Photo Credit: Stephen Zozaya

Shannon Shuang Xing

Ectotherms with darker color might be able to absorb heat more efficiently; gaining a thermal advantage in cool environments while being susceptible to overheating in hot environments. My PhD projects focus on how wing darkness of butterfly and moths varies among different thermal gradients in tropical Australia and China. It may help us understand how temperature shapes the morphology of Lepidoptera in the past and into the future with climate change.

Publication:

Xing, S., T. Bonebrake, C.C. Tang, E.J. Pickett, W. Cheng, S.E Greenspan, S.E. Williams, & B.R. Scheffers. (In press) Cool habitats support darker and bigger butterflies in Australian tropical forests. Ecology and Evolution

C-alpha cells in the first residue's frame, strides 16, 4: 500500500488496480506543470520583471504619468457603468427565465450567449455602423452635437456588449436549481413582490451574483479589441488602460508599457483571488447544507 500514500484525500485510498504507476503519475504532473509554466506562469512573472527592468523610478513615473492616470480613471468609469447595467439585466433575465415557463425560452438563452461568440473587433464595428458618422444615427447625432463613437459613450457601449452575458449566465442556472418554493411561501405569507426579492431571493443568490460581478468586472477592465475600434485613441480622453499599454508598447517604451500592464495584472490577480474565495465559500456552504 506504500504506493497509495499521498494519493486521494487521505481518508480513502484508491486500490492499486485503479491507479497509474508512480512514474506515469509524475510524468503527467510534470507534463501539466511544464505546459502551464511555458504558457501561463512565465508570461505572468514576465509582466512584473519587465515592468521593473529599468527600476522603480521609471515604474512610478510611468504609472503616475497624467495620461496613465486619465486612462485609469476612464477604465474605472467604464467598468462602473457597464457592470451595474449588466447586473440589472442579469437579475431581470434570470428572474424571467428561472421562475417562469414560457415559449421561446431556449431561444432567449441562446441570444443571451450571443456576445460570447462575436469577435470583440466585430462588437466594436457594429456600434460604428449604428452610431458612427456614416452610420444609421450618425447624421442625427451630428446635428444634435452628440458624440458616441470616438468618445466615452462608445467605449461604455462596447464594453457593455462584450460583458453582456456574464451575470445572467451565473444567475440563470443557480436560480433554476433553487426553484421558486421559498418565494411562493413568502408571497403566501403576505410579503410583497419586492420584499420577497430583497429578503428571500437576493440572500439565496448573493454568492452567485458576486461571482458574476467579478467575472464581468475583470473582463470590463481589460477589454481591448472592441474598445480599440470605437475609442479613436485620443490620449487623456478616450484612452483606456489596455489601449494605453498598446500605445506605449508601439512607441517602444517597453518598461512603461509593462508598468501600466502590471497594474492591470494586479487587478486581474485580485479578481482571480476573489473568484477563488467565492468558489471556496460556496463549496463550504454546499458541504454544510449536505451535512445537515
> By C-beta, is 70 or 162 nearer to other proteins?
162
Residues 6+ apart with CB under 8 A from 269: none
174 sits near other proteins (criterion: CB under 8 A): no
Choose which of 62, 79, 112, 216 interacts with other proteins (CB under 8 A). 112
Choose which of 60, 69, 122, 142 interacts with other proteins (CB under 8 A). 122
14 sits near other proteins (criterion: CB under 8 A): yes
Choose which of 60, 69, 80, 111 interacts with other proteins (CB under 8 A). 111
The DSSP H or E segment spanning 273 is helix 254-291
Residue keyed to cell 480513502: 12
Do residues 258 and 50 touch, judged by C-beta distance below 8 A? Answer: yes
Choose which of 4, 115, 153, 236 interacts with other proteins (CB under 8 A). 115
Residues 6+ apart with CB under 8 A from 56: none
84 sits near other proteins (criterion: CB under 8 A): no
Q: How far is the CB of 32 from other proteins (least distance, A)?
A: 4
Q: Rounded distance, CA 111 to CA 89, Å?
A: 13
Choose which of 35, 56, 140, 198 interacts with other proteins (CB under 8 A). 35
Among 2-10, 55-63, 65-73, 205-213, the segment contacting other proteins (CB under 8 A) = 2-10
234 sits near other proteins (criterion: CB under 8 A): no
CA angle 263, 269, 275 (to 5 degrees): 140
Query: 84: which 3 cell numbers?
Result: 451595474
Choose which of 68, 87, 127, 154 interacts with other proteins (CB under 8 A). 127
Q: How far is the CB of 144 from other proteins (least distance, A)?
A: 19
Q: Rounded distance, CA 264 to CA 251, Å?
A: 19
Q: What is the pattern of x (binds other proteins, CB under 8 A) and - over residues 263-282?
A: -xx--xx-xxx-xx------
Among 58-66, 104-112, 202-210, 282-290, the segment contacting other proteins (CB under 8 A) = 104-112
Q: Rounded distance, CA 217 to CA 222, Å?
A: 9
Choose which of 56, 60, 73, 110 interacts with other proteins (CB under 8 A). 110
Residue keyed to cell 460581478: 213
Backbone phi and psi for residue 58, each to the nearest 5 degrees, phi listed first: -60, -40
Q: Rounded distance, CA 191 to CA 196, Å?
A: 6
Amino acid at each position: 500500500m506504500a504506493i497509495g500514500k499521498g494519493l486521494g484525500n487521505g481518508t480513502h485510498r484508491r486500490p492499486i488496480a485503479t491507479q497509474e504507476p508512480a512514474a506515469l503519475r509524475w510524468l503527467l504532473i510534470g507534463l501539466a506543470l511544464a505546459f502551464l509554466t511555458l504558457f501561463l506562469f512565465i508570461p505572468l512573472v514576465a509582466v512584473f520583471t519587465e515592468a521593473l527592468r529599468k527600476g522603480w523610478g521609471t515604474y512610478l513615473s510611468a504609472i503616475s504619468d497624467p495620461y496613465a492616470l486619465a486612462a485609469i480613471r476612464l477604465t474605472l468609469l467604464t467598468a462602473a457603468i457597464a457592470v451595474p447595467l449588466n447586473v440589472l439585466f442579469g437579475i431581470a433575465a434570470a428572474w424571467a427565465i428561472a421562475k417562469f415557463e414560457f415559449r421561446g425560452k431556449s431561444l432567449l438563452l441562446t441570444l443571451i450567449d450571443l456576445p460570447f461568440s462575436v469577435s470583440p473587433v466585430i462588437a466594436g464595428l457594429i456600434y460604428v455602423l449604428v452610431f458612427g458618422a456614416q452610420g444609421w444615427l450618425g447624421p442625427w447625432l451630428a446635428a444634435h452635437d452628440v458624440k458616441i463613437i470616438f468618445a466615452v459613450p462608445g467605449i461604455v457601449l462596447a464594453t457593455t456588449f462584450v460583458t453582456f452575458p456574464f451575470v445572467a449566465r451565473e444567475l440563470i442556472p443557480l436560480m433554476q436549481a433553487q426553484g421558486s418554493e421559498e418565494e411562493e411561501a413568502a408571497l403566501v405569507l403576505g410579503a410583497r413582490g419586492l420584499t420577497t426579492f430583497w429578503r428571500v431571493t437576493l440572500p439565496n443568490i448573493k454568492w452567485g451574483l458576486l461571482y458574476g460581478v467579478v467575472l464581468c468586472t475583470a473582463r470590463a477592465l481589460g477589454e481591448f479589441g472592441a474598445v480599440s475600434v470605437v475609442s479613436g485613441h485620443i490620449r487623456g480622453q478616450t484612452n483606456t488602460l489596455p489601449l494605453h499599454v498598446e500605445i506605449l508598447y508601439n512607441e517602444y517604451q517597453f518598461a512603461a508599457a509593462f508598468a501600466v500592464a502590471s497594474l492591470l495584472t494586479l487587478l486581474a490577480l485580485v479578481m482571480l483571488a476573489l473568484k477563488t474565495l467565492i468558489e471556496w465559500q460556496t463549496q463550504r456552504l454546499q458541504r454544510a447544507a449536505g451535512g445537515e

Pickett, E.J., Chan, M., Anderson, K., Chan, S., Cheng, W., Chong, J. R., Hu, J., Lee, K.S., Regan, H., Smith, B., Yu, Y.T., Xing, S. and Bonebrake, T.C. Modelling the globally endangered black-faced spoonbill population under unprecedented habitat loss and climate change.(in prep)

Pickett, E.J., Thomson, D. L., Li, T.A., Xing, S. Jensen's inequality and the impact of short-term environmental variability on long-term population growth rates. (submitted)

Yuanxing Ye, Geoffrey W. H. Davison, Pingfen Zhu, Lijuan Duan, Nan Wang, Shuang Xing and Changqing Ding. 2013. Habitat Utilization, Time Budget and Daily Rhythm of Ibisbill (Ibidorhyncha struthersii) in Daocheng County, Southwest China. Waterbirds 36: 135-143.

Funding:

Principle Investigator:
(2015-present). Young Explorers Grant, National Geographic Society. $ 4960.00 USD. "Coloration of butterfly wings along arboreal, altitudinal and latitudinal gradients in tropical Southern China."